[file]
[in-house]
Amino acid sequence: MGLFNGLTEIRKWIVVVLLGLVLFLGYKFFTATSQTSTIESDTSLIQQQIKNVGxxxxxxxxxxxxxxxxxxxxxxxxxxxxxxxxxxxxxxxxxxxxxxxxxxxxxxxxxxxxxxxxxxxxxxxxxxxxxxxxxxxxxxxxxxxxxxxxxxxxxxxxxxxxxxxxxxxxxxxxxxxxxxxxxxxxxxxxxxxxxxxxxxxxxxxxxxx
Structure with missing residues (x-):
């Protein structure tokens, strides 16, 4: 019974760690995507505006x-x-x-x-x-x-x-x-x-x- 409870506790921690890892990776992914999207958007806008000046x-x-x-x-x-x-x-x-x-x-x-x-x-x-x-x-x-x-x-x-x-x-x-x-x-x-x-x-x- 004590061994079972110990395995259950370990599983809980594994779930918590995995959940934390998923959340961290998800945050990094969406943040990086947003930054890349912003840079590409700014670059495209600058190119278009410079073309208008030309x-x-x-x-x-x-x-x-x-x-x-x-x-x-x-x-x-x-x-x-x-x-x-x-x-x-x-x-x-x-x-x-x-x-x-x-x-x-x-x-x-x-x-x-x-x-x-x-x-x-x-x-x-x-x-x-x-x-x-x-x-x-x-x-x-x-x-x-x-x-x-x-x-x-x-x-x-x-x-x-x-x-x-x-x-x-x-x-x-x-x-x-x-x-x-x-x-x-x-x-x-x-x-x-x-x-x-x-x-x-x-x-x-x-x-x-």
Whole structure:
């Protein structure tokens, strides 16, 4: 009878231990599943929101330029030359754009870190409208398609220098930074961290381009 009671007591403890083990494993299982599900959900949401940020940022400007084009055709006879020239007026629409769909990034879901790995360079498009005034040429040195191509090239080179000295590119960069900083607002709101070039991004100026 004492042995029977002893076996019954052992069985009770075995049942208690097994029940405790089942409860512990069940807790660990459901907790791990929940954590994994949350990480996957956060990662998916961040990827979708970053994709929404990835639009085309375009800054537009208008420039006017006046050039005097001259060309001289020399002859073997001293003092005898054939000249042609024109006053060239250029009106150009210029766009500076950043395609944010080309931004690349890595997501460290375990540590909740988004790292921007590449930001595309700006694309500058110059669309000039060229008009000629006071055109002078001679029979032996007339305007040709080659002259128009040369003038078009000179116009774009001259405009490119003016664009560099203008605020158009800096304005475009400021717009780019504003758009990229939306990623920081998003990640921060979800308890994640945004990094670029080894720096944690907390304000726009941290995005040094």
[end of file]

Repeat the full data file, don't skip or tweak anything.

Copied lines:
[in-house]
Amino acid sequence: MGLFNGLTEIRKWIVVVLLGLVLFLGYKFFTATSQTSTIESDTSLIQQQIKNVGxxxxxxxxxxxxxxxxxxxxxxxxxxxxxxxxxxxxxxxxxxxxxxxxxxxxxxxxxxxxxxxxxxxxxxxxxxxxxxxxxxxxxxxxxxxxxxxxxxxxxxxxxxxxxxxxxxxxxxxxxxxxxxxxxxxxxxxxxxxxxxxxxxxxxxxxxxx
Structure with missing residues (x-):
């Protein structure tokens, strides 16, 4: 019974760690995507505006x-x-x-x-x-x-x-x-x-x- 409870506790921690890892990776992914999207958007806008000046x-x-x-x-x-x-x-x-x-x-x-x-x-x-x-x-x-x-x-x-x-x-x-x-x-x-x-x-x- 004590061994079972110990395995259950370990599983809980594994779930918590995995959940934390998923959340961290998800945050990094969406943040990086947003930054890349912003840079590409700014670059495209600058190119278009410079073309208008030309x-x-x-x-x-x-x-x-x-x-x-x-x-x-x-x-x-x-x-x-x-x-x-x-x-x-x-x-x-x-x-x-x-x-x-x-x-x-x-x-x-x-x-x-x-x-x-x-x-x-x-x-x-x-x-x-x-x-x-x-x-x-x-x-x-x-x-x-x-x-x-x-x-x-x-x-x-x-x-x-x-x-x-x-x-x-x-x-x-x-x-x-x-x-x-x-x-x-x-x-x-x-x-x-x-x-x-x-x-x-x-x-x-x-x-x-």
Whole structure:
């Protein structure tokens, strides 16, 4: 009878231990599943929101330029030359754009870190409208398609220098930074961290381009 009671007591403890083990494993299982599900959900949401940020940022400007084009055709006879020239007026629409769909990034879901790995360079498009005034040429040195191509090239080179000295590119960069900083607002709101070039991004100026 004492042995029977002893076996019954052992069985009770075995049942208690097994029940405790089942409860512990069940807790660990459901907790791990929940954590994994949350990480996957956060990662998916961040990827979708970053994709929404990835639009085309375009800054537009208008420039006017006046050039005097001259060309001289020399002859073997001293003092005898054939000249042609024109006053060239250029009106150009210029766009500076950043395609944010080309931004690349890595997501460290375990540590909740988004790292921007590449930001595309700006694309500058110059669309000039060229008009000629006071055109002078001679029979032996007339305007040709080659002259128009040369003038078009000179116009774009001259405009490119003016664009560099203008605020158009800096304005475009400021717009780019504003758009990229939306990623920081998003990640921060979800308890994640945004990094670029080894720096944690907390304000726009941290995005040094």